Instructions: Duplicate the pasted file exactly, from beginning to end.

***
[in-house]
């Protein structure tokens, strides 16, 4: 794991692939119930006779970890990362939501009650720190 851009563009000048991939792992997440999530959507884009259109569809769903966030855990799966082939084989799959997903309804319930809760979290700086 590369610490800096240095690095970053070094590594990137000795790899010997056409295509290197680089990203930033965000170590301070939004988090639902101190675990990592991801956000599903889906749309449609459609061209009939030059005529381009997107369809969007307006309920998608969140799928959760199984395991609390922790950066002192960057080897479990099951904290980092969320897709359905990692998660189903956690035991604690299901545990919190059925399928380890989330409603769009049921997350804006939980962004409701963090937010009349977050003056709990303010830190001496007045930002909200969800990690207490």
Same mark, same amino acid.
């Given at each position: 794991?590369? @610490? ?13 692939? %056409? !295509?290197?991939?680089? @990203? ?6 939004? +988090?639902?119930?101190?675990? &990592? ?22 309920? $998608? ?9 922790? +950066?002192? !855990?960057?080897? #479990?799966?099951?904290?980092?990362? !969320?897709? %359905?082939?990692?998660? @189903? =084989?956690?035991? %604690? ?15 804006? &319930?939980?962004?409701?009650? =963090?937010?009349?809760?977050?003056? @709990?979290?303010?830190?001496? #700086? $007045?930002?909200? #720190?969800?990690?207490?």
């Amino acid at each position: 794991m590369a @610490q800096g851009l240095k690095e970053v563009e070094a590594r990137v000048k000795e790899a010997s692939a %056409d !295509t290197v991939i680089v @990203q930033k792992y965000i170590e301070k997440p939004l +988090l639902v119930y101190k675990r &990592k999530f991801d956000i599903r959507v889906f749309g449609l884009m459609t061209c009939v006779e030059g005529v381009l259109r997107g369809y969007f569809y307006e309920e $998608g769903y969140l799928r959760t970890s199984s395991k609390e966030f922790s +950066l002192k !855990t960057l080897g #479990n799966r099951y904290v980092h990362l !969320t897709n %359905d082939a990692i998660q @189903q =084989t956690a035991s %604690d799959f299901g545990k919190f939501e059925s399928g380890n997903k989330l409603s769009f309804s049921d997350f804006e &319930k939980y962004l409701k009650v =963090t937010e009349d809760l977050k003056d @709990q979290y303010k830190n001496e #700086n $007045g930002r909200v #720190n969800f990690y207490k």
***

[in-house]
């Protein structure tokens, strides 16, 4: 794991692939119930006779970890990362939501009650720190 851009563009000048991939792992997440999530959507884009259109569809769903966030855990799966082939084989799959997903309804319930809760979290700086 590369610490800096240095690095970053070094590594990137000795790899010997056409295509290197680089990203930033965000170590301070939004988090639902101190675990990592991801956000599903889906749309449609459609061209009939030059005529381009997107369809969007307006309920998608969140799928959760199984395991609390922790950066002192960057080897479990099951904290980092969320897709359905990692998660189903956690035991604690299901545990919190059925399928380890989330409603769009049921997350804006939980962004409701963090937010009349977050003056709990303010830190001496007045930002909200969800990690207490």
Same mark, same amino acid.
């Given at each position: 794991?590369? @610490? ?13 692939? %056409? !295509?290197?991939?680089? @990203? ?6 939004? +988090?639902?119930?101190?675990? &990592? ?22 309920? $998608? ?9 922790? +950066?002192? !855990?960057?080897? #479990?799966?099951?904290?980092?990362? !969320?897709? %359905?082939?990692?998660? @189903? =084989?956690?035991? %604690? ?15 804006? &319930?939980?962004?409701?009650? =963090?937010?009349?809760?977050?003056? @709990?979290?303010?830190?001496? #700086? $007045?930002?909200? #720190?969800?990690?207490?």
């Amino acid at each position: 794991m590369a @610490q800096g851009l240095k690095e970053v563009e070094a590594r990137v000048k000795e790899a010997s692939a %056409d !295509t290197v991939i680089v @990203q930033k792992y965000i170590e301070k997440p939004l +988090l639902v119930y101190k675990r &990592k999530f991801d956000i599903r959507v889906f749309g449609l884009m459609t061209c009939v006779e030059g005529v381009l259109r997107g369809y969007f569809y307006e309920e $998608g769903y969140l799928r959760t970890s199984s395991k609390e966030f922790s +950066l002192k !855990t960057l080897g #479990n799966r099951y904290v980092h990362l !969320t897709n %359905d082939a990692i998660q @189903q =084989t956690a035991s %604690d799959f299901g545990k919190f939501e059925s399928g380890n997903k989330l409603s769009f309804s049921d997350f804006e &319930k939980y962004l409701k009650v =963090t937010e009349d809760l977050k003056d @709990q979290y303010k830190n001496e #700086n $007045g930002r909200v #720190n969800f990690y207490k």